CHAPEL-RUSSELL, a parish, in the barony of KENRY, county of LIMERICK, and province of MUNSTER; containing, with the post-town of Pallas-Kenry, 1204 inhabitants. It was formerly called Kilelura or Cillenalotar, and was created a parish, under its present name, by the late Dr. Elrington, while Bishop of Limerick.
It is situated on the road from Limerick to the quay of Ringmoileau, and within a mile of the river Shannon; and contains 587 statute acres, as applotted under the tithe act, of which nearly the whole is arable. Prior to 1785, the whole was an open field, on which a great number of cattle depastured, but it has been enclosed.
The land is tolerably fertile, and the soil is everywhere based on limestone, which in some places rises above the surface. Near the town of Pallas-Kenry are two small lakes, which appear to have been formed by cutting turf. The living is a rectory and vicarage, in the diocese of Limerick, and in the patronage of the Bishop; it was formerly part of the bishop's mensal, but on its being erected into a rectory by Dr. Elrington, he endowed it with all the tithes, which amount to £55.7. 8½.
The parish appears formerly to have been part of the parish of Ardcanny, or to have been held by the same incumbent; and the church of that parish being in a ruinous state, and situated at the southern extremity of the parish, it is the intention of the bishop to unite the two parishes, when the church of Chapel-Russell, which is a large and handsome edifice, will become the church of the union. It was built in 1822, by aid of a gift of £900 from the late Board of First Fruits, and £100 from the Incorporated Society, for the erection of a gallery for the children of the Shannon Grove charter school; but as this school was suppressed soon afterwards, the gallery is now open to the parishioners.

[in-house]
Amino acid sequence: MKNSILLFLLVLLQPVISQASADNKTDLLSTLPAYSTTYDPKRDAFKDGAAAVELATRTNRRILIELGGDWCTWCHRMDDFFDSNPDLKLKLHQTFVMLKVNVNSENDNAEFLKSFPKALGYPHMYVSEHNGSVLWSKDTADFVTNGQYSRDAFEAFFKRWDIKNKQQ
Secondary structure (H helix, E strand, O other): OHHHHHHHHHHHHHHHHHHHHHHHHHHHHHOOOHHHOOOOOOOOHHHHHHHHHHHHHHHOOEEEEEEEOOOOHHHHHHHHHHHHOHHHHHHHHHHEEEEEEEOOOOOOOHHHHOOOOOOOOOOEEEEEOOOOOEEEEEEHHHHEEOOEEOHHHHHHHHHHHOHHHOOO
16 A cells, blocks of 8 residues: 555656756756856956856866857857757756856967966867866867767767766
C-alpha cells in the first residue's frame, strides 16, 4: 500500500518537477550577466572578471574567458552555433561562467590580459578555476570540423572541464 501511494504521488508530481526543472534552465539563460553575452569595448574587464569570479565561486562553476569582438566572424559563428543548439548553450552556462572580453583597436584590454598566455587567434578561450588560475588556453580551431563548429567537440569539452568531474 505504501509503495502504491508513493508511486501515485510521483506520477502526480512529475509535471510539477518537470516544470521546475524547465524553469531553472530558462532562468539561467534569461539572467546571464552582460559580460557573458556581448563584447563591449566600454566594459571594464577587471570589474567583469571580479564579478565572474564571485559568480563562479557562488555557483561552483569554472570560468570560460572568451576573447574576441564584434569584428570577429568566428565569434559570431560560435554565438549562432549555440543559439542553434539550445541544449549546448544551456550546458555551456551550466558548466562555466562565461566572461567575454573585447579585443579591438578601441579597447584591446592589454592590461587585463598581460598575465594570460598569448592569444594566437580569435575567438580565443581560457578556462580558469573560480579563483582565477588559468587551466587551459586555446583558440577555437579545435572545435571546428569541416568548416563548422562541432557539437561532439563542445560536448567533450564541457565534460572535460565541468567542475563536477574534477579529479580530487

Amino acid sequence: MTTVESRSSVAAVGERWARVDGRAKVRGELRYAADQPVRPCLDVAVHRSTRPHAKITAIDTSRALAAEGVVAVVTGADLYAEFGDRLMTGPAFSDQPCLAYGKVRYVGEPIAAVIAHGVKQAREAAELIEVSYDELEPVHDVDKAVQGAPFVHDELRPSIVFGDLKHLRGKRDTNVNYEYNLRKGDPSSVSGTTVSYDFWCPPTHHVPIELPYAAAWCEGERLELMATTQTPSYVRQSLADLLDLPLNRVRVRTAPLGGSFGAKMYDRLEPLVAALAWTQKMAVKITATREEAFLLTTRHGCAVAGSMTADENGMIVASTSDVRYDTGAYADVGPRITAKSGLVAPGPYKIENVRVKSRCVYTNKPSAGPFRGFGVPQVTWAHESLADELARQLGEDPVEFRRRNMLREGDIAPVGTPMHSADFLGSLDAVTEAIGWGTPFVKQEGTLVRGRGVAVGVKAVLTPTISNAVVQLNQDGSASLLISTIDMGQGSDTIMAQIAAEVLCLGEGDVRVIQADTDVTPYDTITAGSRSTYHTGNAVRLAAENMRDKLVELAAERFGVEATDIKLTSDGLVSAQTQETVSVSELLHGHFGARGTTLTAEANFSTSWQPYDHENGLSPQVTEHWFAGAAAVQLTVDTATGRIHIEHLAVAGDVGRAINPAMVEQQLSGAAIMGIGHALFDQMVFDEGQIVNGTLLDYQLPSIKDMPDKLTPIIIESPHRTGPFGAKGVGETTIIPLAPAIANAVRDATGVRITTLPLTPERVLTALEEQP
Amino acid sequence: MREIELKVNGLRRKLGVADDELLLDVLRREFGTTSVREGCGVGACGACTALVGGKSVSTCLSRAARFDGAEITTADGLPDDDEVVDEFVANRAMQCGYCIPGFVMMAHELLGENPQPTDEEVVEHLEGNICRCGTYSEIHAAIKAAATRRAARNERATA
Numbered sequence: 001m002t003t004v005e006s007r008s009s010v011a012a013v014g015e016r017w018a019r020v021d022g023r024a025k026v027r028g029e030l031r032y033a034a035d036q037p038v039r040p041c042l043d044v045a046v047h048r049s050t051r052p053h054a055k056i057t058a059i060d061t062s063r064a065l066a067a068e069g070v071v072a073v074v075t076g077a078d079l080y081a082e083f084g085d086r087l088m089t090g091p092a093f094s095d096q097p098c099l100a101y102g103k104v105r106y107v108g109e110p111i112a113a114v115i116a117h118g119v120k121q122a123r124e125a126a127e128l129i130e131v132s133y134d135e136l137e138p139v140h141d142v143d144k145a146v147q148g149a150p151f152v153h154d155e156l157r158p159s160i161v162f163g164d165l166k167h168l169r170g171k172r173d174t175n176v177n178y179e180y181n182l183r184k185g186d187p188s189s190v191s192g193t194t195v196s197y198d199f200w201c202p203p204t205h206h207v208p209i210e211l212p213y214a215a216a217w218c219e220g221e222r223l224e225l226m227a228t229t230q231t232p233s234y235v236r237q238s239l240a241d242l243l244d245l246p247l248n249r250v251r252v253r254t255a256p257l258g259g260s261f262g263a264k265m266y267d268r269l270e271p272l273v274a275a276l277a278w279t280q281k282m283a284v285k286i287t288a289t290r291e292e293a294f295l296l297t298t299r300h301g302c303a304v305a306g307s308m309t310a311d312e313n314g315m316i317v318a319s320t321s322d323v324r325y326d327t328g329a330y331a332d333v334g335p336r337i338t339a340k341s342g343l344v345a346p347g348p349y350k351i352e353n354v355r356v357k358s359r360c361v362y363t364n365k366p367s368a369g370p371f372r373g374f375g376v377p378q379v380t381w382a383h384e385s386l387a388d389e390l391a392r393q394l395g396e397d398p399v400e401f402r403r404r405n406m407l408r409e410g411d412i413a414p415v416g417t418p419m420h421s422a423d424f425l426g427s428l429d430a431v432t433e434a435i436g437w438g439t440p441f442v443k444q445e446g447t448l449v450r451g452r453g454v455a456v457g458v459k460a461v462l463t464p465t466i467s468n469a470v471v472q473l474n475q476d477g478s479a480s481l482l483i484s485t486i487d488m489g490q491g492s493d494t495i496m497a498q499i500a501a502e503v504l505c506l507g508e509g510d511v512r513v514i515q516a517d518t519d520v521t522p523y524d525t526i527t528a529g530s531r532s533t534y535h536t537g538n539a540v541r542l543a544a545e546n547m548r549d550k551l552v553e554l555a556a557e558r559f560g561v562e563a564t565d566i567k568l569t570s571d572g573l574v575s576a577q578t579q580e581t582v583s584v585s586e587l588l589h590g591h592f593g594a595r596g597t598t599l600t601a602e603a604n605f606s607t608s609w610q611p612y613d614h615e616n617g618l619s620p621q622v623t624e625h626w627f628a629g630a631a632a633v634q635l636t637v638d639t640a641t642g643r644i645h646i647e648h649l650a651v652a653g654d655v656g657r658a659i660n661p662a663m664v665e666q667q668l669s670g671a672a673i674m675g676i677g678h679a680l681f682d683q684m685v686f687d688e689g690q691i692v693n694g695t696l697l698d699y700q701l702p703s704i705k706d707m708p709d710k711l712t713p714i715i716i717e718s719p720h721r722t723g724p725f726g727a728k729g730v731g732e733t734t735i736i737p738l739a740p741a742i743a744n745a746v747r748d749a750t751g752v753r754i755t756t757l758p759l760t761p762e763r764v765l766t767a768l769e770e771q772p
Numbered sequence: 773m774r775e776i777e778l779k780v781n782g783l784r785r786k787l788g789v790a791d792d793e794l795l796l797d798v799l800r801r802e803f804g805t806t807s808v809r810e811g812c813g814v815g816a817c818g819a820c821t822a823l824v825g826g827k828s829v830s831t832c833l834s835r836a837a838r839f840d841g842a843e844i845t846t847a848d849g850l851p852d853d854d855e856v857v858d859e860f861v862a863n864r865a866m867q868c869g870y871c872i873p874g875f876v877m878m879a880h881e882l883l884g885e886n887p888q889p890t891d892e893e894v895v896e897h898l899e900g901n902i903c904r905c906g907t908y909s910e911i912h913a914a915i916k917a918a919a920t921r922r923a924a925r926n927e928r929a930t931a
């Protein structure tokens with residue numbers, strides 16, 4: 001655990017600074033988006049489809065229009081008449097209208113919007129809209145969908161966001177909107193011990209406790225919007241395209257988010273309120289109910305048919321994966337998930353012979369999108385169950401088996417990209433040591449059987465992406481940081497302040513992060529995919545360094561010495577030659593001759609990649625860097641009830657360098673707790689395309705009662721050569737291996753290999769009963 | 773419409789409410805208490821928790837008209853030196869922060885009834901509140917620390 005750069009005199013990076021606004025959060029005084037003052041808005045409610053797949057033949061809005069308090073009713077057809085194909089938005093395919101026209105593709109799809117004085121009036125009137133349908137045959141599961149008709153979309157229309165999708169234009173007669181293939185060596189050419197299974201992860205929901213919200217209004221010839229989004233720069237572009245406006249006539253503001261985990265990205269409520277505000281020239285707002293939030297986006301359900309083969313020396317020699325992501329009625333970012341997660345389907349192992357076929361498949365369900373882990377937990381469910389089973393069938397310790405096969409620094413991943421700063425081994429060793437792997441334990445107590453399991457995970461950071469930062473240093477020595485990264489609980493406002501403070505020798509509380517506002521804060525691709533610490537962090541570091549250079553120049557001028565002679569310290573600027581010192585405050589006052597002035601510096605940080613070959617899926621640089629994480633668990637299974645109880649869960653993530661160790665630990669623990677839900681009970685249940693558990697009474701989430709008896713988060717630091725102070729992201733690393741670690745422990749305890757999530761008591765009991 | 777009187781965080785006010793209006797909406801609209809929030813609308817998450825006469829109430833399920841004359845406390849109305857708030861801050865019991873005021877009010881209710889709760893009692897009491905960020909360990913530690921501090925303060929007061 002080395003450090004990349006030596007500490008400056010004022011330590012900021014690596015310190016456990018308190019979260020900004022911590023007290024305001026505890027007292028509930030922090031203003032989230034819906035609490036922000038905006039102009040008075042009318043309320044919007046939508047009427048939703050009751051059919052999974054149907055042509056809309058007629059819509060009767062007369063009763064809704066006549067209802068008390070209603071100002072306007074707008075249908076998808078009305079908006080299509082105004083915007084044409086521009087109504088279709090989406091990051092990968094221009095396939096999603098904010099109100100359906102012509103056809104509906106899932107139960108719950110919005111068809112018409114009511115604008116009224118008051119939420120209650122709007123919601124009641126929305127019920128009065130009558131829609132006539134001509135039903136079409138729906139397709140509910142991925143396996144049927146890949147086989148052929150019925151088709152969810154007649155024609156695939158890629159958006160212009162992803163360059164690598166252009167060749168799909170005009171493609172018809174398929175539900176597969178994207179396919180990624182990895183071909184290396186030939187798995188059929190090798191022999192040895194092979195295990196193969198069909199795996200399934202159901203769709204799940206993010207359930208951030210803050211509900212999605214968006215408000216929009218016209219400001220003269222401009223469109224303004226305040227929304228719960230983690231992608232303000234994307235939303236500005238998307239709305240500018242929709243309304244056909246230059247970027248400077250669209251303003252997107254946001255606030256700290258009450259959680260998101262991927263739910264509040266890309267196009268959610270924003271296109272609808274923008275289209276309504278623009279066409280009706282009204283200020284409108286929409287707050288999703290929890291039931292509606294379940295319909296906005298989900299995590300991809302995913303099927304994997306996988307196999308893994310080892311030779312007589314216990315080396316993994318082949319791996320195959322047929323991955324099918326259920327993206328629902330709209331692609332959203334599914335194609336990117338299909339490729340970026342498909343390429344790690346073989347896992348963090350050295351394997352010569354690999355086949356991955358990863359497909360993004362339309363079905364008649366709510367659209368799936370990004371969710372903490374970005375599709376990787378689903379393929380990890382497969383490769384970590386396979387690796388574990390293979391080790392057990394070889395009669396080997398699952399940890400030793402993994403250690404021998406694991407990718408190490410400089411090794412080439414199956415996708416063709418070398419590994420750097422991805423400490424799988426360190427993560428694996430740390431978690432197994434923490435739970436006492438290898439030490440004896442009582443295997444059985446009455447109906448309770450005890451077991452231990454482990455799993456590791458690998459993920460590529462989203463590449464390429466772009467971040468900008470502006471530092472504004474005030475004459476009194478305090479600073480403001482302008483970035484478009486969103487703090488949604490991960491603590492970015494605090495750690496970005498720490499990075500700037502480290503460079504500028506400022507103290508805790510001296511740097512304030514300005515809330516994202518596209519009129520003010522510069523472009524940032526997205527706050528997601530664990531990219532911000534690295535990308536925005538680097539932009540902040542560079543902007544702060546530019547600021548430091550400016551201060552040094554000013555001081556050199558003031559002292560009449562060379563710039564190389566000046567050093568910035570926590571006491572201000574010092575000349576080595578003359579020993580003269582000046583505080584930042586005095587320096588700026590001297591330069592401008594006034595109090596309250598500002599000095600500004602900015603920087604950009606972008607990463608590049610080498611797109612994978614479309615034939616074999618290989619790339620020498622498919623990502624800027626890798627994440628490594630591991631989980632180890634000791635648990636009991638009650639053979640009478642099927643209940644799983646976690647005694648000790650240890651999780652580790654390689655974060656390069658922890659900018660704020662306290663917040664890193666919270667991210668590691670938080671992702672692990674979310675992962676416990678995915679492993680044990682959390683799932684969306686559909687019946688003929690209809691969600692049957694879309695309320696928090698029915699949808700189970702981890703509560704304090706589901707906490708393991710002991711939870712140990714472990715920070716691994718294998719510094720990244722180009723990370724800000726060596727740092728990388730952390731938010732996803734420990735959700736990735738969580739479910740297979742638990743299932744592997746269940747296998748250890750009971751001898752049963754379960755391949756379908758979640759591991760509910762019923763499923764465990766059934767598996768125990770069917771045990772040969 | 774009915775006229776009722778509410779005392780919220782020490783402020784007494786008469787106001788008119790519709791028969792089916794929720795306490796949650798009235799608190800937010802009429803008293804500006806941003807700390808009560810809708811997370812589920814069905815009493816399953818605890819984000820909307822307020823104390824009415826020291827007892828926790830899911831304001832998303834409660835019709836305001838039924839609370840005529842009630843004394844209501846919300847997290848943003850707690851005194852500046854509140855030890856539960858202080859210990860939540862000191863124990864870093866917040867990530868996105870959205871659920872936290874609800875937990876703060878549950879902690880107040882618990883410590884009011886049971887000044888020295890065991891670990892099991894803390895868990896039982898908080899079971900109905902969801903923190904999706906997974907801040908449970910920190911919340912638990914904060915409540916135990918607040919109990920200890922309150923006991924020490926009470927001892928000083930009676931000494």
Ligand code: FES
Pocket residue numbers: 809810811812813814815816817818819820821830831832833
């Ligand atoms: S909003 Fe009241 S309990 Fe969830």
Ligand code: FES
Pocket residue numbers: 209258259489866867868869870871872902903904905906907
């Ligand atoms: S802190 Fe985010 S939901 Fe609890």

The Ecclesiastical Commissioners have lately granted £116 for repairing the church. There is neither glebehouse nor glebe. In the R. C. divisions this parish forms part of the union or district of Kildimo: the chapel, which is a neat building, is at White Forge. There is also a chapel for Wesleyan Methodists. The parochial schools, in which are about 100 children, are aided by subscriptions from Lord Charleville and the rector: about the same number also receive instruction in two private schools. There were formerly two charter schools, one of which long since fell into decay, but the other existed till within the last few years, under the patronage of the Charleville family. The school, which cost £5000, is large and well built, and is now occupied in separate tenements; and the land is held by a fanner. A loan fund has been established. Within the parish are the ruins of the castle of Pallas-Kenry, originally built by the O'Donovans, but subsequently occupied by the Fitzgeralds, Knights of the Valley, who greatly enlarged and strengthened it at various periods: a great part of the walls fell down in the winter of 1834, but it is still a picturesque and beautiful ruin. Not far distant from it is the curious little church of Killenalotar, only twelve feet long and eight broad; the walls, the west door, and the east window are quite perfect. See PALLASKENRY.
from Lewis's Topographical Dictionary of Ireland, 1837.